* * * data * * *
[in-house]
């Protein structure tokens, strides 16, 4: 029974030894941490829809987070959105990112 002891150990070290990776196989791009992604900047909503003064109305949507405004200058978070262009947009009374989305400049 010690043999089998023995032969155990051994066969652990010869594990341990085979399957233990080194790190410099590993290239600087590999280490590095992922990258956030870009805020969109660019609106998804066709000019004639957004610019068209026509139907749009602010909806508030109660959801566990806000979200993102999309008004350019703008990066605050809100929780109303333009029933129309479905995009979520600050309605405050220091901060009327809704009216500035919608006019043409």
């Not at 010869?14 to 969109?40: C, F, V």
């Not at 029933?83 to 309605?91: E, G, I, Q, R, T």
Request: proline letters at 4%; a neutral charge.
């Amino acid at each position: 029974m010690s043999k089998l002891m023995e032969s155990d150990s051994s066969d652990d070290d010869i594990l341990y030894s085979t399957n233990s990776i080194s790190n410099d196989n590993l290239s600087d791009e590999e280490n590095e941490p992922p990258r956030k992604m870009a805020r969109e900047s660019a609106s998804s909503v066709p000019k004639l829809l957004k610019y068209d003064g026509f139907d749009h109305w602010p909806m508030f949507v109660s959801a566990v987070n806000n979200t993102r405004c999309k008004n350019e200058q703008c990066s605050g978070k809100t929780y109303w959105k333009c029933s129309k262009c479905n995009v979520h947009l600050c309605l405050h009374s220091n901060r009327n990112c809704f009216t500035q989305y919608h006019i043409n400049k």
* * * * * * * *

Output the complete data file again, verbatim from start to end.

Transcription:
[in-house]
């Protein structure tokens, strides 16, 4: 029974030894941490829809987070959105990112 002891150990070290990776196989791009992604900047909503003064109305949507405004200058978070262009947009009374989305400049 010690043999089998023995032969155990051994066969652990010869594990341990085979399957233990080194790190410099590993290239600087590999280490590095992922990258956030870009805020969109660019609106998804066709000019004639957004610019068209026509139907749009602010909806508030109660959801566990806000979200993102999309008004350019703008990066605050809100929780109303333009029933129309479905995009979520600050309605405050220091901060009327809704009216500035919608006019043409």
């Not at 010869?14 to 969109?40: C, F, V």
């Not at 029933?83 to 309605?91: E, G, I, Q, R, T």
Request: proline letters at 4%; a neutral charge.
């Amino acid at each position: 029974m010690s043999k089998l002891m023995e032969s155990d150990s051994s066969d652990d070290d010869i594990l341990y030894s085979t399957n233990s990776i080194s790190n410099d196989n590993l290239s600087d791009e590999e280490n590095e941490p992922p990258r956030k992604m870009a805020r969109e900047s660019a609106s998804s909503v066709p000019k004639l829809l957004k610019y068209d003064g026509f139907d749009h109305w602010p909806m508030f949507v109660s959801a566990v987070n806000n979200t993102r405004c999309k008004n350019e200058q703008c990066s605050g978070k809100t929780y109303w959105k333009c029933s129309k262009c479905n995009v979520h947009l600050c309605l405050h009374s220091n901060r009327n990112c809704f009216t500035q989305y919608h006019i043409n400049k």